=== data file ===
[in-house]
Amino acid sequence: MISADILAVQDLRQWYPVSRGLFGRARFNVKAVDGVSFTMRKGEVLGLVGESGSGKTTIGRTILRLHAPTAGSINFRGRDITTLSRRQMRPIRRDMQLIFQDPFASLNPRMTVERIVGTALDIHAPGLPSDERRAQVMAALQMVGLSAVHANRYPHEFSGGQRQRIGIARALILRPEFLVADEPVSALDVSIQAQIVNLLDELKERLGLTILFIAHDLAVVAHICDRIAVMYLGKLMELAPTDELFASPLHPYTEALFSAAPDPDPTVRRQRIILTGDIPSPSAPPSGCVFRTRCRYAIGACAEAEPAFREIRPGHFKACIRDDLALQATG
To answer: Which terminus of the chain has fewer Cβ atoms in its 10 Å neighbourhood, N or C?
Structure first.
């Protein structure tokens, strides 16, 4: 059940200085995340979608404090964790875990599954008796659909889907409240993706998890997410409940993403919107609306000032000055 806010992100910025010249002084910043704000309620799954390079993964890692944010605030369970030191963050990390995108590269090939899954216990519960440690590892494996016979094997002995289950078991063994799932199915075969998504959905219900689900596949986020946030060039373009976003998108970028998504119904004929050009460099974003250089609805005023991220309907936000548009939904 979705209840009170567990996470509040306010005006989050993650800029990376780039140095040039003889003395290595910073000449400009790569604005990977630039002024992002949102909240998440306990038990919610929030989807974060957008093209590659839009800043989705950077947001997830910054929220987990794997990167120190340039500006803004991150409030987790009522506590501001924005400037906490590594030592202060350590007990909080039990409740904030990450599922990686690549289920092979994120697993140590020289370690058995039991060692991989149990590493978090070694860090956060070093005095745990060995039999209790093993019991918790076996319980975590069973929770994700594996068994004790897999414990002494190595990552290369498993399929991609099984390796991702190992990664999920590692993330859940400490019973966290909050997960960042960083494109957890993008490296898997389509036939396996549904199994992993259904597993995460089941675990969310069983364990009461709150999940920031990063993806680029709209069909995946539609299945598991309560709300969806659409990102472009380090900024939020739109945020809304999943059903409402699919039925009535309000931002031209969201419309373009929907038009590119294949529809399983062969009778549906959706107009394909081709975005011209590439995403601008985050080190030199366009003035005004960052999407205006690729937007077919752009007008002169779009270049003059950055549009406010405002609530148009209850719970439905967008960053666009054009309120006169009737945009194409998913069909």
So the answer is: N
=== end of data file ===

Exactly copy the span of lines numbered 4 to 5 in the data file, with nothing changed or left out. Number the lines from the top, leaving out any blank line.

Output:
Structure first.
């Protein structure tokens, strides 16, 4: 059940200085995340979608404090964790875990599954008796659909889907409240993706998890997410409940993403919107609306000032000055 806010992100910025010249002084910043704000309620799954390079993964890692944010605030369970030191963050990390995108590269090939899954216990519960440690590892494996016979094997002995289950078991063994799932199915075969998504959905219900689900596949986020946030060039373009976003998108970028998504119904004929050009460099974003250089609805005023991220309907936000548009939904 979705209840009170567990996470509040306010005006989050993650800029990376780039140095040039003889003395290595910073000449400009790569604005990977630039002024992002949102909240998440306990038990919610929030989807974060957008093209590659839009800043989705950077947001997830910054929220987990794997990167120190340039500006803004991150409030987790009522506590501001924005400037906490590594030592202060350590007990909080039990409740904030990450599922990686690549289920092979994120697993140590020289370690058995039991060692991989149990590493978090070694860090956060070093005095745990060995039999209790093993019991918790076996319980975590069973929770994700594996068994004790897999414990002494190595990552290369498993399929991609099984390796991702190992990664999920590692993330859940400490019973966290909050997960960042960083494109957890993008490296898997389509036939396996549904199994992993259904597993995460089941675990969310069983364990009461709150999940920031990063993806680029709209069909995946539609299945598991309560709300969806659409990102472009380090900024939020739109945020809304999943059903409402699919039925009535309000931002031209969201419309373009929907038009590119294949529809399983062969009778549906959706107009394909081709975005011209590439995403601008985050080190030199366009003035005004960052999407205006690729937007077919752009007008002169779009270049003059950055549009406010405002609530148009209850719970439905967008960053666009054009309120006169009737945009194409998913069909």